NARAL applauds members of the Nevada state Assembly for passing bill to require emergency contraception be made available to sexual assault survivors
Nevada — On Friday, May 21, 2021, the Nevada state Assembly passed SB 364, which would ensure that survivors of sexual assault can access time-sensitive emergency contraception (EC) in Nevada emergency rooms. The bill, introduced by state Sen. Melanie Scheible (D-Las Vegas), passed in the state Senate last month and has now moved to Gov. Steve Sisolak for his signature or veto.
NARAL Pro-Choice America Southwest Regional Director Caroline Mello Roberson released the following statement in response to the passage of SB 364:
“NARAL Pro-Choice Nevada applauds our state Assembly for passing this critical bill to ensure that survivors of sexual assault are able to access time-sensitive emergency contraception in all Nevada emergency rooms. SB 364 is urgently needed to break down barriers to care and bring our state one step closer to ensuring every body can access the care they need, when they need it. Nevadans are proud to live in a state with a long history of trusting people to make their own personal healthcare decisions. With this bill, the Silver State can continue to live up to our values. We look forward to celebrating once again when Governor Sisolak signs SB 364 into law.”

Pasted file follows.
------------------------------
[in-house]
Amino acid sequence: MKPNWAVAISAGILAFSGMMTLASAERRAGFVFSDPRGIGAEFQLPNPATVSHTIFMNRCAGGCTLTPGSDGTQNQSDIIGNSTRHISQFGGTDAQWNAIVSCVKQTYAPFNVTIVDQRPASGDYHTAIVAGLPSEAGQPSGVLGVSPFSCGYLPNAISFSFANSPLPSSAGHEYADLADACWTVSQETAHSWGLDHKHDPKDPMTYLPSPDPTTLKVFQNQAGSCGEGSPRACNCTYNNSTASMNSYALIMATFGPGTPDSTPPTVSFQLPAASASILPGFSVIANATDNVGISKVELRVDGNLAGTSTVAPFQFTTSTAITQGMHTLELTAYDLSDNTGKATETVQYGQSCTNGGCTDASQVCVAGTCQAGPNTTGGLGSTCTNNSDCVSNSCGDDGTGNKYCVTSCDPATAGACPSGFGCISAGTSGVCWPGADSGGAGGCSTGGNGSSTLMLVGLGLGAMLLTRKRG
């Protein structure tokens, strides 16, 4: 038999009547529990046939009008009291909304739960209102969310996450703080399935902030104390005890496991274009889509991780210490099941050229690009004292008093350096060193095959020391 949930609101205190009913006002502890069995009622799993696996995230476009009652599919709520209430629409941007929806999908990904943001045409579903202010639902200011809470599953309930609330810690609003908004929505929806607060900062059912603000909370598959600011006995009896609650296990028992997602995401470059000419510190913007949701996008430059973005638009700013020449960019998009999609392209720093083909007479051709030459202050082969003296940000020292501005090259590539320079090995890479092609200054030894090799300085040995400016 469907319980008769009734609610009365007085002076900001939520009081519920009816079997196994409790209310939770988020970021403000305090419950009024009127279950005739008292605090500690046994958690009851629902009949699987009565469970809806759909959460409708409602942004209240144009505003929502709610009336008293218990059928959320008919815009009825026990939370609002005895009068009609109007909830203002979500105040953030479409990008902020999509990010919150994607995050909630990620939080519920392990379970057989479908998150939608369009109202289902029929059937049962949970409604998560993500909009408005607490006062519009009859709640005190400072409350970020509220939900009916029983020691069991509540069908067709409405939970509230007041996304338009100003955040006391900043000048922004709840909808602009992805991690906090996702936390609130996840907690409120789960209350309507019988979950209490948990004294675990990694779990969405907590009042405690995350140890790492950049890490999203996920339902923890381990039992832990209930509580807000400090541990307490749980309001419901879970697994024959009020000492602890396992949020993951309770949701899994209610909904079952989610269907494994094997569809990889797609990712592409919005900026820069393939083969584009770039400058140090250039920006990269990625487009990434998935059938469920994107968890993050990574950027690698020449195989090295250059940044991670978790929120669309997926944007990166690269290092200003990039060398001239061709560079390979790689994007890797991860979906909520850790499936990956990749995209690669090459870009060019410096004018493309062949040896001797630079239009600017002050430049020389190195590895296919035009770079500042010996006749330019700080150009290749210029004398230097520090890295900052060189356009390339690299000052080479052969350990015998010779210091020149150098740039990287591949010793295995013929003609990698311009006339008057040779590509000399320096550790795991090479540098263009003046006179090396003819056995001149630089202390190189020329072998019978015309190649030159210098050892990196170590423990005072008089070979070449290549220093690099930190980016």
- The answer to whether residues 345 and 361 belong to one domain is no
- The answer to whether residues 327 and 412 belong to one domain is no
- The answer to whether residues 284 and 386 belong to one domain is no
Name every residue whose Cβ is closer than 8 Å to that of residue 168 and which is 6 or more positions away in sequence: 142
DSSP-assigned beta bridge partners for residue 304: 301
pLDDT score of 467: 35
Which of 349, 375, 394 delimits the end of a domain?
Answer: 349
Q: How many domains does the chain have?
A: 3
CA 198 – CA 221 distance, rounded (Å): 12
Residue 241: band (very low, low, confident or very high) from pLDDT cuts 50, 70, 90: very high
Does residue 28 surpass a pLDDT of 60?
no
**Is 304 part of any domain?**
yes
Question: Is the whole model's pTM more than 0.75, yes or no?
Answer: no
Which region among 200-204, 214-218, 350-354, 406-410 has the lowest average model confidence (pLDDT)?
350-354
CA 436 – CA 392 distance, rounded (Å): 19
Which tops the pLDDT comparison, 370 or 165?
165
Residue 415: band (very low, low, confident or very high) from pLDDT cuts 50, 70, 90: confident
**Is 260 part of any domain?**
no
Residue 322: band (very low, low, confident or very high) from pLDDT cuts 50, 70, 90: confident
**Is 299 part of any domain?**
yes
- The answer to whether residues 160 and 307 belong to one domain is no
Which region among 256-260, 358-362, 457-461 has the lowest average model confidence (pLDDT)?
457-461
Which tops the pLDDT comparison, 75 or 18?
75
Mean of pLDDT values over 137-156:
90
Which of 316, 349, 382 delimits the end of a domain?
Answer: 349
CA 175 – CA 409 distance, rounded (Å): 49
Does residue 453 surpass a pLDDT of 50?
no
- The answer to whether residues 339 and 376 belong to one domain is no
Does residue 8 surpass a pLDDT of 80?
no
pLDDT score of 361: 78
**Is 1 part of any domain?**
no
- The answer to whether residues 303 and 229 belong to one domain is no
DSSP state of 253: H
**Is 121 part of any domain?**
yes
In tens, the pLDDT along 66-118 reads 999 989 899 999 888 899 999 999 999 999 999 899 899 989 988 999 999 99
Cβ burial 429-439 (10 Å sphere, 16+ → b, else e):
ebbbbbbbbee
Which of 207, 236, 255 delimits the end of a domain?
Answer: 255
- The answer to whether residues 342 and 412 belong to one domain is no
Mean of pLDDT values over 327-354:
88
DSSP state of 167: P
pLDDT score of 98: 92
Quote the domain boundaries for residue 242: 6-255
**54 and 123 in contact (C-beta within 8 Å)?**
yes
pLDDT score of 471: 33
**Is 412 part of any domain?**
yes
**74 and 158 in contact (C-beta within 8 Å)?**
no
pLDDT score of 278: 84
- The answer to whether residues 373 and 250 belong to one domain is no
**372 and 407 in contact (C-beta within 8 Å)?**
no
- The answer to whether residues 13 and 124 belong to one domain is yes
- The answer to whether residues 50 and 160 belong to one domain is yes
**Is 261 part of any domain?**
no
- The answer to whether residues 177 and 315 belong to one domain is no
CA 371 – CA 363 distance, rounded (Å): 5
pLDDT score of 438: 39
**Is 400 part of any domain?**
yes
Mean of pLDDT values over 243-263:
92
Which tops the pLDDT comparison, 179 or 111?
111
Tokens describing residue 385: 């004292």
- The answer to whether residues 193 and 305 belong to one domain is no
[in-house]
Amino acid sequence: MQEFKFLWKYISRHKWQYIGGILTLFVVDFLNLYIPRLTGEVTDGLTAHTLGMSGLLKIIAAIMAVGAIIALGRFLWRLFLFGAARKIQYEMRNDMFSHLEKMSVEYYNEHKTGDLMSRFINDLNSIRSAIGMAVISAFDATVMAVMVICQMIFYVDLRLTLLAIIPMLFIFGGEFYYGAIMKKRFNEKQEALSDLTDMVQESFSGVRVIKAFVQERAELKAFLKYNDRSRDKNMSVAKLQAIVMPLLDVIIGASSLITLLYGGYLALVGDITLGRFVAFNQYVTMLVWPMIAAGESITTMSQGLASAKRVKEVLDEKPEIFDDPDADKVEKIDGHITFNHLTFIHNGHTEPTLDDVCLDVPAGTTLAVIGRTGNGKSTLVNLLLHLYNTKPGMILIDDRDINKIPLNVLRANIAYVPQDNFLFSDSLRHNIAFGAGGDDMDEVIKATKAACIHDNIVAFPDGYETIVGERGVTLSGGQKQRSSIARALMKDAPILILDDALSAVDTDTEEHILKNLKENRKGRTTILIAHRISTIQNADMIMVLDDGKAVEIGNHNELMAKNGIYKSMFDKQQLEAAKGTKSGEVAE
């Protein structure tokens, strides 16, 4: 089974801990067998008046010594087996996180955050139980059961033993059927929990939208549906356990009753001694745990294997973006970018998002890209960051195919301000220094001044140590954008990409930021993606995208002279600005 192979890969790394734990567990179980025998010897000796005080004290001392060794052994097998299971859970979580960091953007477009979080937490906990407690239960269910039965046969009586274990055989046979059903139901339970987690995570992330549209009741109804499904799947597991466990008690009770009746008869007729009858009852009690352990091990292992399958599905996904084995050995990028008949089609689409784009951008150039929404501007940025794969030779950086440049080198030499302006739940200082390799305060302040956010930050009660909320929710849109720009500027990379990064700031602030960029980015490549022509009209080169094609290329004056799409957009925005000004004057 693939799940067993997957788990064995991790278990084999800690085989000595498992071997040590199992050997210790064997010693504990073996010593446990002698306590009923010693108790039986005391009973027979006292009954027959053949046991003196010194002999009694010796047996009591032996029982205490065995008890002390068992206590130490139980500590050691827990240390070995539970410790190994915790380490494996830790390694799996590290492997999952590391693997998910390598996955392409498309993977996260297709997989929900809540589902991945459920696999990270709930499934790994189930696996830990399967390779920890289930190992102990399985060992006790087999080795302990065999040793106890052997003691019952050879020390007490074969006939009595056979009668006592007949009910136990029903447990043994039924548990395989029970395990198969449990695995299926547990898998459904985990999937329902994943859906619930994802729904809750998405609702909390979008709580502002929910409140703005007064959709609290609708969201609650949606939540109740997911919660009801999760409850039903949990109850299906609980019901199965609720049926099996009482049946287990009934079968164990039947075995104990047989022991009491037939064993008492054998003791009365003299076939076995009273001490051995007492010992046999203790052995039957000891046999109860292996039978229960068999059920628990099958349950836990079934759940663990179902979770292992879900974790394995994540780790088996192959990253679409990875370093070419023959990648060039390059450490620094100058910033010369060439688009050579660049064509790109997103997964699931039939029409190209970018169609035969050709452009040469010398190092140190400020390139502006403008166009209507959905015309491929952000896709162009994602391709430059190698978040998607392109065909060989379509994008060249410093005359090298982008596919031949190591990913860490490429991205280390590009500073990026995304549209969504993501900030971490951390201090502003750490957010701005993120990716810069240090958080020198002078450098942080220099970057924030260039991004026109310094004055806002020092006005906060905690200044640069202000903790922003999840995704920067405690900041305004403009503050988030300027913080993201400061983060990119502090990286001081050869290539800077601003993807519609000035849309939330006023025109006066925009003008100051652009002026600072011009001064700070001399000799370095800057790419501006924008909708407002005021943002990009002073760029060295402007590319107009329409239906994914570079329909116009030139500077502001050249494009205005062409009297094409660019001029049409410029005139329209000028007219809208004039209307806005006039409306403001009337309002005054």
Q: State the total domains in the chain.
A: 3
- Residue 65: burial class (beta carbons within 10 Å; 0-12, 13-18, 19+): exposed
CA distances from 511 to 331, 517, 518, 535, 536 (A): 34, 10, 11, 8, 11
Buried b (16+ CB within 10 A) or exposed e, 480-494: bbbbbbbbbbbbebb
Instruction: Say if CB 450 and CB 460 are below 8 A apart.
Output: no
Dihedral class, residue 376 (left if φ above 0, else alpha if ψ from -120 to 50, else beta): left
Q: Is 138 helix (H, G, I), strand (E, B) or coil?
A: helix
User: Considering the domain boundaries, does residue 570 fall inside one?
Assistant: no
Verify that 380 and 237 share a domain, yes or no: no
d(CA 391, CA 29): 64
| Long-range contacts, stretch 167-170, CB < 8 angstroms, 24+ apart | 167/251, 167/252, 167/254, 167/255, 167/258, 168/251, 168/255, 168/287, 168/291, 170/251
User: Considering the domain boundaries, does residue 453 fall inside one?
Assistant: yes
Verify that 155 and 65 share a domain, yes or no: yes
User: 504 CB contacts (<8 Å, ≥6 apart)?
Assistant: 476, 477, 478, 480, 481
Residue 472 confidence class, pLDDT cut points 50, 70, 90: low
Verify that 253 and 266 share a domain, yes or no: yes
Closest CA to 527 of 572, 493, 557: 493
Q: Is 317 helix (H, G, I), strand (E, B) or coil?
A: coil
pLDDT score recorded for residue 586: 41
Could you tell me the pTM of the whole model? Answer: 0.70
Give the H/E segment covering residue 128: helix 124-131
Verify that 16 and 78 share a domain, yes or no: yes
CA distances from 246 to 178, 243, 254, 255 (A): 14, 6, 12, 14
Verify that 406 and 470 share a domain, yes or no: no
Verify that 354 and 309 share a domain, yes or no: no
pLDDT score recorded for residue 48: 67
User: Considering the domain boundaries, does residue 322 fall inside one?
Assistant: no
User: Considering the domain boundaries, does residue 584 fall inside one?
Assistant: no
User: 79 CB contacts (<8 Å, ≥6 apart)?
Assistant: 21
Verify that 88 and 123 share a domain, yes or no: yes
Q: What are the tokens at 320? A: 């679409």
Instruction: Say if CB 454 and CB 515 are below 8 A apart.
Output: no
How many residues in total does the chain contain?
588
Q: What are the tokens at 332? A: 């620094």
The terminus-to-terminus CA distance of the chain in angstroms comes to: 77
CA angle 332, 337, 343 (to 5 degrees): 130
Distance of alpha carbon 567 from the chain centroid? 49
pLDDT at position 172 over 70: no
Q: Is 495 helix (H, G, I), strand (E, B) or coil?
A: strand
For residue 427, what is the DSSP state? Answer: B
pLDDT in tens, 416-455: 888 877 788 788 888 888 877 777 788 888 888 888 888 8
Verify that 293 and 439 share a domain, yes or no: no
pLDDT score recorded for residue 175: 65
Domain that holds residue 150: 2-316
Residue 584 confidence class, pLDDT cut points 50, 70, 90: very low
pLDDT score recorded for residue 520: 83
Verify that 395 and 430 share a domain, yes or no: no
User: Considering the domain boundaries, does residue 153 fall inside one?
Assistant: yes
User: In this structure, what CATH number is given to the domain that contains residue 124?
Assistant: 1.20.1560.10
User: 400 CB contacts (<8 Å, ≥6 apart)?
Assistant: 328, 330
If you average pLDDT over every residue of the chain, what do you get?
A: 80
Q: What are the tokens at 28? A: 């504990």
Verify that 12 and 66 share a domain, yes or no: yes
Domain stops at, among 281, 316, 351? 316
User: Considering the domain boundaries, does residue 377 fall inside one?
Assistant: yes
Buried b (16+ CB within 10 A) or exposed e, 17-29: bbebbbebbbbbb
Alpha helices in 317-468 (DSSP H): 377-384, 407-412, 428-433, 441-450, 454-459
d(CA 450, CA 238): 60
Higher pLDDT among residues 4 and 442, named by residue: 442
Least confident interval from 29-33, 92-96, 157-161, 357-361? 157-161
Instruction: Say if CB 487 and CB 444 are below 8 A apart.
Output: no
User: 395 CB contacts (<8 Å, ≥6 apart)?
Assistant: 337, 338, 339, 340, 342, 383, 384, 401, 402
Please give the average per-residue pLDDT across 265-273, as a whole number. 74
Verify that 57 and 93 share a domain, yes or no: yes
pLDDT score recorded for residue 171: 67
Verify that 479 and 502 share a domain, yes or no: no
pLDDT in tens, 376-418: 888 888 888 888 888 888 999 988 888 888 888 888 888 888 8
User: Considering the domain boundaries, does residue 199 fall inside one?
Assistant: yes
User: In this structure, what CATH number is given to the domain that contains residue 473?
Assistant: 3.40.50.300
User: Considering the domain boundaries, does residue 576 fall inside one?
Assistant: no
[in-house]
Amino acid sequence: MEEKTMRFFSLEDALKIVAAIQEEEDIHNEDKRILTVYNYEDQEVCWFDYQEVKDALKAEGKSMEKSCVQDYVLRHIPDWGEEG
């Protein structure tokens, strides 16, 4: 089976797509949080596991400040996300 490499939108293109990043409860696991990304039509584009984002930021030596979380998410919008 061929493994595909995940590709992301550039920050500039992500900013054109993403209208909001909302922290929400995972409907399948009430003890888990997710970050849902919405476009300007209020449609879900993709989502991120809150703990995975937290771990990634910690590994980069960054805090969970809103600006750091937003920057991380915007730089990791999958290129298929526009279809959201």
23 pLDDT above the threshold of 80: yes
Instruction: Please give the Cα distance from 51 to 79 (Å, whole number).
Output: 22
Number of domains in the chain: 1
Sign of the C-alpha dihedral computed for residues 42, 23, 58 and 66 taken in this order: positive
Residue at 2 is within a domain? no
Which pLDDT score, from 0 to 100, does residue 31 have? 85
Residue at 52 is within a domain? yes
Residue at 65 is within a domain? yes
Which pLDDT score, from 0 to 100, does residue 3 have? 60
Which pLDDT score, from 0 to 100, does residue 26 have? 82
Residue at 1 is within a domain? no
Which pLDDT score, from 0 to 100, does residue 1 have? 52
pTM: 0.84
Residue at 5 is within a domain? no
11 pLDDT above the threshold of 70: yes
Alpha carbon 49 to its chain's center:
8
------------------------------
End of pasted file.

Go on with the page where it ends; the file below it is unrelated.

An estimated 25,000 women in the United States become pregnant as a result of sexual assault each year, and statistics suggest that 22,000 of those pregnancies could be prevented if every sexual assault victim-survivor had timely access to EC. There are multiple types of FDA-approved emergency contraceptives, including the copper intrauterine device (IUD) and two types of pills that are commonly referred to as the ”morning after pill.” Depending on the form of EC, it can be effective if taken within 3-5 days of unprotected sex.
SB 364 is a continuation of the successful 2019 effort, led by former Assemblywoman Connie Munk (D-Las Vegas), to require Nevada hospitals to provide survivors with information on where to access EC. EC is a safe and effective way to prevent a pregnancy—it does not end a pregnancy.
Emergency rooms often serve as an entry point into the healthcare system for people who have been sexually assaulted. It is essential that emergency rooms provide access to time-sensitive emergency contraception for survivors of sexual assault. Survivors should not be forced to seek this care from other providers, and there are some who may not be able to see a primary care doctor for the care they need.